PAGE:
We've teamed up with personal finance expert, Kia Commodore to help give your money a kick up the backside so you can go ahead and sleep. “Lazy Money” is what...
There are two types of people in this world. Those who struggle to pick a main course on a Menu and panic order. And those who read the Menu and go full detective on Instagram before making a reservation.
But it doesn’t matter which camp you sit in, there’s always a risk you and your dish may not hit it off.
The purpose of the awful analogy I crafted/butchered is my way of leading into the fear we have when moving abroad. Packing your bags for a new country opens the door to new opportunities, experiences, cultures, and lot’s of other fabulous stuff. That being said, it’s a big decision to make. And like any decision, especially selecting a dish that doesn’t disappoint, it comes with its doubts.
Scared? Don’t be. I’m here to make you less fearful and more fearless.
Expat Insider, powered by InterNations, is one of the world's largest surveys on living and working abroad. Their 2023 survey compiled 10/10 responses from 12,000 expats all over the world, representing 171 nationalities and 172 countries or territories.
The survey had them rate 56 aspects of living abroad so they can put together a lovely little ranking for you. The good news is, I can use that report to give you useful information to influence your move and morale. The even better news is, it means I have to do less of the heavy lifting when writing this. Love it.
Now let’s make those woes wows.
Out of all the survey participants, the biggest fears they had before moving were things like cost of living, ease of settling in, the weather, finding friends, learning the language, etc.
There’s a lot to consider.
So with that in mind, I’m going to put some lists together on the top ten places to move per fear category, as well as some tips from moi. Because I’m arguably, just as much of an authority as the scientific, in depth, high quality Expat Insider report.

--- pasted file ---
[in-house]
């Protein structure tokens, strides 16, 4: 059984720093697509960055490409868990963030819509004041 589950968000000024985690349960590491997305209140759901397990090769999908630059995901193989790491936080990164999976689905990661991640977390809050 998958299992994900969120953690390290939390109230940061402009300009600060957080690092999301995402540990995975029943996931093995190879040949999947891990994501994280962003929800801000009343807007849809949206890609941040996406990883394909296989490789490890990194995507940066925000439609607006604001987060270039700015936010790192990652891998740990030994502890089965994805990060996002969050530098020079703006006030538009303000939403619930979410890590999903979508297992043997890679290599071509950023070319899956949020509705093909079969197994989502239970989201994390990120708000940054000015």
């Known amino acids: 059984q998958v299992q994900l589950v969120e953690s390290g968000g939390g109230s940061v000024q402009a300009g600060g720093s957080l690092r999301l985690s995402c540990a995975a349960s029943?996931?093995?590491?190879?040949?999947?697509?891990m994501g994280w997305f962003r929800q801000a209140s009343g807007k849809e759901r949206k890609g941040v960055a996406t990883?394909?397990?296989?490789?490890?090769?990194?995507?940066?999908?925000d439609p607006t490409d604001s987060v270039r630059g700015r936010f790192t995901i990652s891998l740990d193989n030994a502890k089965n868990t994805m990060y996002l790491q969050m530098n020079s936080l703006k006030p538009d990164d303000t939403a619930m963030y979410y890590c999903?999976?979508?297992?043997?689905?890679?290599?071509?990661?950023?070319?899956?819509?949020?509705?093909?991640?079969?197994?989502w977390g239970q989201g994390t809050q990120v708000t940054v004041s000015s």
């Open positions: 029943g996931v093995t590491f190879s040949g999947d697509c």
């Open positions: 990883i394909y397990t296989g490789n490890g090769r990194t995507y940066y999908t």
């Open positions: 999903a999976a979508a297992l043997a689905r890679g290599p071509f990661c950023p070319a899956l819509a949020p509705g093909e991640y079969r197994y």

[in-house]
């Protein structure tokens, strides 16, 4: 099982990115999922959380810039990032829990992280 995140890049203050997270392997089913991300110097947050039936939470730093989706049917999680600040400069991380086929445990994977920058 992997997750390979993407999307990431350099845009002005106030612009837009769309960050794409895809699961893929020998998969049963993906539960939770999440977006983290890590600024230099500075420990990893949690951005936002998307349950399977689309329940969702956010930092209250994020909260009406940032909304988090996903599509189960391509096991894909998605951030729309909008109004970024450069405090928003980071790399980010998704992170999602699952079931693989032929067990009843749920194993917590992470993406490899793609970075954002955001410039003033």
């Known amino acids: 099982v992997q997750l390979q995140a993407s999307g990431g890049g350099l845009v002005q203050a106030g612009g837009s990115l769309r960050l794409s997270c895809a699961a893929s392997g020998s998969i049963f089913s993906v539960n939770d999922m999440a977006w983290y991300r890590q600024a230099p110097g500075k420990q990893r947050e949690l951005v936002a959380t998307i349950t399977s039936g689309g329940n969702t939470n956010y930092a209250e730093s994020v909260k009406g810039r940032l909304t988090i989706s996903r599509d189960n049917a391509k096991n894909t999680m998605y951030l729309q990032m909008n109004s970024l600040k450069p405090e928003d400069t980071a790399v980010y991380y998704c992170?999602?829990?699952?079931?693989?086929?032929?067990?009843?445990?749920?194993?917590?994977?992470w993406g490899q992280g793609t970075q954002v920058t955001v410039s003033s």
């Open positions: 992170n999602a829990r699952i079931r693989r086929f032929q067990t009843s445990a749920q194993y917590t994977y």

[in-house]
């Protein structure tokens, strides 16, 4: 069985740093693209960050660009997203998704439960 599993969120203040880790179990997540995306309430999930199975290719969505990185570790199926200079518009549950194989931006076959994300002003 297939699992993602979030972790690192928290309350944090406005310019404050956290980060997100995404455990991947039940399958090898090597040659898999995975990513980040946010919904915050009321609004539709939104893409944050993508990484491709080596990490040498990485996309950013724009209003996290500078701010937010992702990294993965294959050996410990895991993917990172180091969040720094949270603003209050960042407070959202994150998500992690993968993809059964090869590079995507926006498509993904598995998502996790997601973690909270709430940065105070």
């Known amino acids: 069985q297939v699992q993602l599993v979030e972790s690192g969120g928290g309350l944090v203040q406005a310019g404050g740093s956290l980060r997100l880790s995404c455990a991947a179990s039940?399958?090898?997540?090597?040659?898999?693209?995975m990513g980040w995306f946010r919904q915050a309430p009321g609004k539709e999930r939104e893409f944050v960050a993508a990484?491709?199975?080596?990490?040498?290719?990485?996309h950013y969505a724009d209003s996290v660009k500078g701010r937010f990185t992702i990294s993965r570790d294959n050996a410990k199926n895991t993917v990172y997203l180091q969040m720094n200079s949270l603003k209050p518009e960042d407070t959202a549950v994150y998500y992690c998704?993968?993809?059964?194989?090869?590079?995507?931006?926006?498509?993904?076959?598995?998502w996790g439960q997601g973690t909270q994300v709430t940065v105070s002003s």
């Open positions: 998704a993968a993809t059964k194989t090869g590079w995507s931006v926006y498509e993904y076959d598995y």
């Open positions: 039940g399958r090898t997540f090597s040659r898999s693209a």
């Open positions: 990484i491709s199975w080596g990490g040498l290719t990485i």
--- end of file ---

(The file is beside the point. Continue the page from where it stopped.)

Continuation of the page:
Bear in mind that I’ll be using the overall ranking per category. To take it back to my shockingly bad analogy, instead of looking at the individual rankings of a restaurant’s Starter, Main, and Yummy Yummy Pudding, I’ll list the top ten for Food Satisfaction. If you want to go deeper into the sub categories, the report’s here.
But not until you finish my article. Obviously.
Please don’t go 🥺
Not settling in and feeling homesick
You’ll always find your tribe. Leaving familiarity, friends and family back home doesn’t mean you won’t find the same quality of connections in your new home. If you work remotely, join a coworking space. If you love a hobby, join a class or club. If you don’t know where to start, look to online communities or ask friends to introduce you to people they may know there. And remember it may take a minute, but it will happen.
To rank the countries that are easiest to settle into, the survey assessed culture & welcome, local friendliness and the ease of finding friends. Here are the top 10…
Not finding a job that ticks all of your boxes.
Research the job market. But not just generally. Look at the market for your specific line of work. And when you get to the interview stage, which you will because you’re amazing, don’t forget that you’re interviewing them too. So ask away… Company culture, benefits, working hours, pay.